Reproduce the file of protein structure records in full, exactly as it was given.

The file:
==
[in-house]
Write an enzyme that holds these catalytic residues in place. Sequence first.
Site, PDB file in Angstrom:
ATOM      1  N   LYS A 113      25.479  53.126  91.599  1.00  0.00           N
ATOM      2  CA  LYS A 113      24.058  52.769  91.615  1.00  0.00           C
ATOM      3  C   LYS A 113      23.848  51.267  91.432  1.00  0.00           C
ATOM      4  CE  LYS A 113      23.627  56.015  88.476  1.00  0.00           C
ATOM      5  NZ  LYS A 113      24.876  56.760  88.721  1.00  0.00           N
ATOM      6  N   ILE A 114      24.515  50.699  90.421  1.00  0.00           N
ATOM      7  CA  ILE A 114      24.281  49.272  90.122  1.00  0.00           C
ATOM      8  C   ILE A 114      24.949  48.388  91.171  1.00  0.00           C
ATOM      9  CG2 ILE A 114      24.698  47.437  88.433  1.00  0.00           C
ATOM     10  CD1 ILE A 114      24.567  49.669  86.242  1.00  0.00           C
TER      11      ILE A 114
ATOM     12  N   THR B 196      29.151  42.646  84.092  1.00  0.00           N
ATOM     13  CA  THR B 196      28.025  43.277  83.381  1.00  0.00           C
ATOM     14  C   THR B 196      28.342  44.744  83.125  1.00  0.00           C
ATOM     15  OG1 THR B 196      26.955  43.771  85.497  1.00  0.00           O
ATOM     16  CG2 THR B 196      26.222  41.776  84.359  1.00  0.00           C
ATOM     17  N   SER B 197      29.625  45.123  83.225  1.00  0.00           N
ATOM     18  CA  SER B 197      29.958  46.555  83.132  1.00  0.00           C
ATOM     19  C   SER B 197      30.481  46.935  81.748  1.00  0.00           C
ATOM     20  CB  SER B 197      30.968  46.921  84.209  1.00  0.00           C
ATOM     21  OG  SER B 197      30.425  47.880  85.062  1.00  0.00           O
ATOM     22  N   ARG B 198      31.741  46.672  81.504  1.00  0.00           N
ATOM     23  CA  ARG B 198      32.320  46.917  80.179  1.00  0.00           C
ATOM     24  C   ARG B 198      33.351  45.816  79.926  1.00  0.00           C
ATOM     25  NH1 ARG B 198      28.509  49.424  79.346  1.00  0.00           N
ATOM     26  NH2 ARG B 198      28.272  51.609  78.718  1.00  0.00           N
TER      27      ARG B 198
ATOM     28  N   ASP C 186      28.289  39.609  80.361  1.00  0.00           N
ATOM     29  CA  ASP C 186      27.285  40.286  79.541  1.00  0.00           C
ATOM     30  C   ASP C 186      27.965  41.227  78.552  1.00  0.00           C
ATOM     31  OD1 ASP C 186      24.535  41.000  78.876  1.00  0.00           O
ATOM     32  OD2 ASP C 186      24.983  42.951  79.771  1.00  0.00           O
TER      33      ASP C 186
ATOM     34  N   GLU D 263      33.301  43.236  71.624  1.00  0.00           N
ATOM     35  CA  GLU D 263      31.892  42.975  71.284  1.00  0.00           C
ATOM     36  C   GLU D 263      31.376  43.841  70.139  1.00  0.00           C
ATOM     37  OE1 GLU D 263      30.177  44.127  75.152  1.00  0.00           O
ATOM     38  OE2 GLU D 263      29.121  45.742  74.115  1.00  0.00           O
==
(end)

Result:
[in-house]
Write an enzyme that holds these catalytic residues in place. Sequence first.
Site, PDB file in Angstrom:
ATOM      1  N   LYS A 113      25.479  53.126  91.599  1.00  0.00           N
ATOM      2  CA  LYS A 113      24.058  52.769  91.615  1.00  0.00           C
ATOM      3  C   LYS A 113      23.848  51.267  91.432  1.00  0.00           C
ATOM      4  CE  LYS A 113      23.627  56.015  88.476  1.00  0.00           C
ATOM      5  NZ  LYS A 113      24.876  56.760  88.721  1.00  0.00           N
ATOM      6  N   ILE A 114      24.515  50.699  90.421  1.00  0.00           N
ATOM      7  CA  ILE A 114      24.281  49.272  90.122  1.00  0.00           C
ATOM      8  C   ILE A 114      24.949  48.388  91.171  1.00  0.00           C
ATOM      9  CG2 ILE A 114      24.698  47.437  88.433  1.00  0.00           C
ATOM     10  CD1 ILE A 114      24.567  49.669  86.242  1.00  0.00           C
TER      11      ILE A 114
ATOM     12  N   THR B 196      29.151  42.646  84.092  1.00  0.00           N
ATOM     13  CA  THR B 196      28.025  43.277  83.381  1.00  0.00           C
ATOM     14  C   THR B 196      28.342  44.744  83.125  1.00  0.00           C
ATOM     15  OG1 THR B 196      26.955  43.771  85.497  1.00  0.00           O
ATOM     16  CG2 THR B 196      26.222  41.776  84.359  1.00  0.00           C
ATOM     17  N   SER B 197      29.625  45.123  83.225  1.00  0.00           N
ATOM     18  CA  SER B 197      29.958  46.555  83.132  1.00  0.00           C
ATOM     19  C   SER B 197      30.481  46.935  81.748  1.00  0.00           C
ATOM     20  CB  SER B 197      30.968  46.921  84.209  1.00  0.00           C
ATOM     21  OG  SER B 197      30.425  47.880  85.062  1.00  0.00           O
ATOM     22  N   ARG B 198      31.741  46.672  81.504  1.00  0.00           N
ATOM     23  CA  ARG B 198      32.320  46.917  80.179  1.00  0.00           C
ATOM     24  C   ARG B 198      33.351  45.816  79.926  1.00  0.00           C
ATOM     25  NH1 ARG B 198      28.509  49.424  79.346  1.00  0.00           N
ATOM     26  NH2 ARG B 198      28.272  51.609  78.718  1.00  0.00           N
TER      27      ARG B 198
ATOM     28  N   ASP C 186      28.289  39.609  80.361  1.00  0.00           N
ATOM     29  CA  ASP C 186      27.285  40.286  79.541  1.00  0.00           C
ATOM     30  C   ASP C 186      27.965  41.227  78.552  1.00  0.00           C
ATOM     31  OD1 ASP C 186      24.535  41.000  78.876  1.00  0.00           O
ATOM     32  OD2 ASP C 186      24.983  42.951  79.771  1.00  0.00           O
TER      33      ASP C 186
ATOM     34  N   GLU D 263      33.301  43.236  71.624  1.00  0.00           N
ATOM     35  CA  GLU D 263      31.892  42.975  71.284  1.00  0.00           C
ATOM     36  C   GLU D 263      31.376  43.841  70.139  1.00  0.00           C
ATOM     37  OE1 GLU D 263      30.177  44.127  75.152  1.00  0.00           O
ATOM     38  OE2 GLU D 263      29.121  45.742  74.115  1.00  0.00           O